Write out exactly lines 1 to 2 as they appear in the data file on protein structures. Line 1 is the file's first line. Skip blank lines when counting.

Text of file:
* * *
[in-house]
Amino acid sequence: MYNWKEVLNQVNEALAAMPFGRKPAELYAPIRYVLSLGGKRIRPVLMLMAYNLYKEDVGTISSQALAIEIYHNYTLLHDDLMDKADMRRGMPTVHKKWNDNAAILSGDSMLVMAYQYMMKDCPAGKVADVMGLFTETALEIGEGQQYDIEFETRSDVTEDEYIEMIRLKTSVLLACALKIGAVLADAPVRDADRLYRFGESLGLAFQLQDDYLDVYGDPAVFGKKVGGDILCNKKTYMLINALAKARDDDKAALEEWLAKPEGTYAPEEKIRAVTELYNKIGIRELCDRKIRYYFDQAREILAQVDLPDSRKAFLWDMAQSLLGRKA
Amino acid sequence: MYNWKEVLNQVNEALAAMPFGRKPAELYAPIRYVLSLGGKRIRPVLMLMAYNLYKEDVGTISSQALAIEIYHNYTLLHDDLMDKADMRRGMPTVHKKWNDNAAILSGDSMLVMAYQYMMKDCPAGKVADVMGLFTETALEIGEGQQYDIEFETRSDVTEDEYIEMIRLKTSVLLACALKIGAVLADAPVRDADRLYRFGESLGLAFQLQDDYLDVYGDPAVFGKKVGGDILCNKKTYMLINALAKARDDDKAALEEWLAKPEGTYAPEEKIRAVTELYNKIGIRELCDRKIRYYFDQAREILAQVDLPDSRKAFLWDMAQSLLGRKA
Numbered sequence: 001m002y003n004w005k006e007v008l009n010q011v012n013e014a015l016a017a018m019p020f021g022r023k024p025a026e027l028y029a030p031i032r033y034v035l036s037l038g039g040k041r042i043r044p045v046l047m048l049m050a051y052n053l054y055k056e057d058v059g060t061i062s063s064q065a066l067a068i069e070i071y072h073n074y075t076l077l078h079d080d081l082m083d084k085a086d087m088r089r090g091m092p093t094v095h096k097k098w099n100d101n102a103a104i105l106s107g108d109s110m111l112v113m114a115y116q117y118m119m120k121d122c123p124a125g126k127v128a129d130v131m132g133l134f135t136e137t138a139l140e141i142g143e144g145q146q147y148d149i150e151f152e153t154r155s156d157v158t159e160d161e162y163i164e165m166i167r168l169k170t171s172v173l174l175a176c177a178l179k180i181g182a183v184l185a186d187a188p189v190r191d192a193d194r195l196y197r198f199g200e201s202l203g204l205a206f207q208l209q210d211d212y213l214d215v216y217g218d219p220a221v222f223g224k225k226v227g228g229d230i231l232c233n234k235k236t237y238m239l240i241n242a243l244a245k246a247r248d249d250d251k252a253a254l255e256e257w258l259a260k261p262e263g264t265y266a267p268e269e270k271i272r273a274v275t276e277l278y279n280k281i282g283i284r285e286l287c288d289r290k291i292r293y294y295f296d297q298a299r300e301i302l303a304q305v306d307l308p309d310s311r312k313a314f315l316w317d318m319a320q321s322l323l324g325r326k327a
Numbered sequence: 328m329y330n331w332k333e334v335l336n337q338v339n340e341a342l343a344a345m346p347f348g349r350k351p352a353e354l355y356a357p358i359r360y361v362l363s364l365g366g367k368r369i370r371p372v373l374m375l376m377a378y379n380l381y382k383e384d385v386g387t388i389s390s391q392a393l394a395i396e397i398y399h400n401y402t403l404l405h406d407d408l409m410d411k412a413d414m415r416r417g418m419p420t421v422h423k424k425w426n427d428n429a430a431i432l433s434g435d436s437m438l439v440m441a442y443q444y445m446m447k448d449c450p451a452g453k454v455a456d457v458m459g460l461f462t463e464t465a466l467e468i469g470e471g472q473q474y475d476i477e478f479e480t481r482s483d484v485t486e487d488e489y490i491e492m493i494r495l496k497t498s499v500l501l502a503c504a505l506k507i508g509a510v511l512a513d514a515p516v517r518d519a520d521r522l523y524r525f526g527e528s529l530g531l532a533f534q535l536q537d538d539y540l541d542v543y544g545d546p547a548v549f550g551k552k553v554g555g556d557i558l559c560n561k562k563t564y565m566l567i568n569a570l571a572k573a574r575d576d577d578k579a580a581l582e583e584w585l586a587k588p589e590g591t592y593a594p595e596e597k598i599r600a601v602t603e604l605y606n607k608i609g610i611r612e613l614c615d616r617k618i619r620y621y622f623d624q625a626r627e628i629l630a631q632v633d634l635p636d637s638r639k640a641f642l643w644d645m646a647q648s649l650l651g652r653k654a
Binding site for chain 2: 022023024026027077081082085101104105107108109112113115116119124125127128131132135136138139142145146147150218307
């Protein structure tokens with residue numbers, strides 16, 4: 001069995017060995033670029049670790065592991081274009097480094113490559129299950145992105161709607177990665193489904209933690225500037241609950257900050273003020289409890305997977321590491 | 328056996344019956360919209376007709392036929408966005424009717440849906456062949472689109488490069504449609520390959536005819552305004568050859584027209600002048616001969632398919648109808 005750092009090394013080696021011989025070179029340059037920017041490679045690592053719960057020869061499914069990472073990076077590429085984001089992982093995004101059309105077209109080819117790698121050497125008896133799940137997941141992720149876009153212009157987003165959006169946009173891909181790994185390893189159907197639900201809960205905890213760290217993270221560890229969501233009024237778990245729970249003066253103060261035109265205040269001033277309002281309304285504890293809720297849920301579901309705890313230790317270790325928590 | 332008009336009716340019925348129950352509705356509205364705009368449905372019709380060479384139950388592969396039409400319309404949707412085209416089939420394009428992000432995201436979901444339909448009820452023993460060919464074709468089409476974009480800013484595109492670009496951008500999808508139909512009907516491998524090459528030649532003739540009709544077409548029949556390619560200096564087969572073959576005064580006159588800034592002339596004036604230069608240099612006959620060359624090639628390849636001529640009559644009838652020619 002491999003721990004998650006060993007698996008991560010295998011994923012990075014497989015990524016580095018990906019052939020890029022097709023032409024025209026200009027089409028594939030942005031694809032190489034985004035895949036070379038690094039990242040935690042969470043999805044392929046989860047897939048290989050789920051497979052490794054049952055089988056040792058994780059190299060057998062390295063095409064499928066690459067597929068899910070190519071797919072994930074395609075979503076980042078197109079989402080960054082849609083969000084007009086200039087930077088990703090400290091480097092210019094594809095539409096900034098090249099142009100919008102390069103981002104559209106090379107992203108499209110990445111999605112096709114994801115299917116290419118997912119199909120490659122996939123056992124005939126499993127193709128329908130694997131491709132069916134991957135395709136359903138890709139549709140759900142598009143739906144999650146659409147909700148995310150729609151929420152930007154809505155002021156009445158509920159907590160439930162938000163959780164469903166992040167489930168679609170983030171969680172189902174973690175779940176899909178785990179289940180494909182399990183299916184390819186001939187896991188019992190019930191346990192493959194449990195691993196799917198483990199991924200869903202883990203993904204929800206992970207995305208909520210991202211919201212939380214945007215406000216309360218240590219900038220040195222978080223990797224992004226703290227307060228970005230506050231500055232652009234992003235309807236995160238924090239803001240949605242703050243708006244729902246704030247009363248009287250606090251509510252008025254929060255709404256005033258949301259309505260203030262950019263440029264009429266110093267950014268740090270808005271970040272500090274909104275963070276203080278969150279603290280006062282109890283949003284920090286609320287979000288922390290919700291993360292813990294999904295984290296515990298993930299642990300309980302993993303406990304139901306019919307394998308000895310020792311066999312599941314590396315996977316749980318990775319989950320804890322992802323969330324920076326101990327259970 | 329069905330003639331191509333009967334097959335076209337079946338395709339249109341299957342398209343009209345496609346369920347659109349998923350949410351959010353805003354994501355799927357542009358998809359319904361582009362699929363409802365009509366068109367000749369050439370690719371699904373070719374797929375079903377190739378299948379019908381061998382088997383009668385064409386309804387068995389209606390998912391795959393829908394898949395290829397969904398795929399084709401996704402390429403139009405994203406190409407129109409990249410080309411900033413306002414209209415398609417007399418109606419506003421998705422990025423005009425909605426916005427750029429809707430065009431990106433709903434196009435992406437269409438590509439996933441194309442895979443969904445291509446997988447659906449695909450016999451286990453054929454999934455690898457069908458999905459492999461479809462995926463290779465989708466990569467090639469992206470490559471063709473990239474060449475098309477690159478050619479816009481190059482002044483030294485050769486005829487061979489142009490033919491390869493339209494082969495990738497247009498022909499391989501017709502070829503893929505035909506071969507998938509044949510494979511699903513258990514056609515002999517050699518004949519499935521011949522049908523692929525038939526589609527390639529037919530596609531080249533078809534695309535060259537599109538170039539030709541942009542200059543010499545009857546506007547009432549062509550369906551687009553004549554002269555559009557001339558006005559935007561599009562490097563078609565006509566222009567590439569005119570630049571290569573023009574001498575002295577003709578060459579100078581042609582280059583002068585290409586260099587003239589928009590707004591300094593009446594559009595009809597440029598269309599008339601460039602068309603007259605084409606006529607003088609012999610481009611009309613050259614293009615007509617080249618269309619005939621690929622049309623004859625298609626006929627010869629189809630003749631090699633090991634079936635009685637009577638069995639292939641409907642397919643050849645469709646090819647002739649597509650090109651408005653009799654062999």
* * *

[in-house]
Amino acid sequence: MYNWKEVLNQVNEALAAMPFGRKPAELYAPIRYVLSLGGKRIRPVLMLMAYNLYKEDVGTISSQALAIEIYHNYTLLHDDLMDKADMRRGMPTVHKKWNDNAAILSGDSMLVMAYQYMMKDCPAGKVADVMGLFTETALEIGEGQQYDIEFETRSDVTEDEYIEMIRLKTSVLLACALKIGAVLADAPVRDADRLYRFGESLGLAFQLQDDYLDVYGDPAVFGKKVGGDILCNKKTYMLINALAKARDDDKAALEEWLAKPEGTYAPEEKIRAVTELYNKIGIRELCDRKIRYYFDQAREILAQVDLPDSRKAFLWDMAQSLLGRKA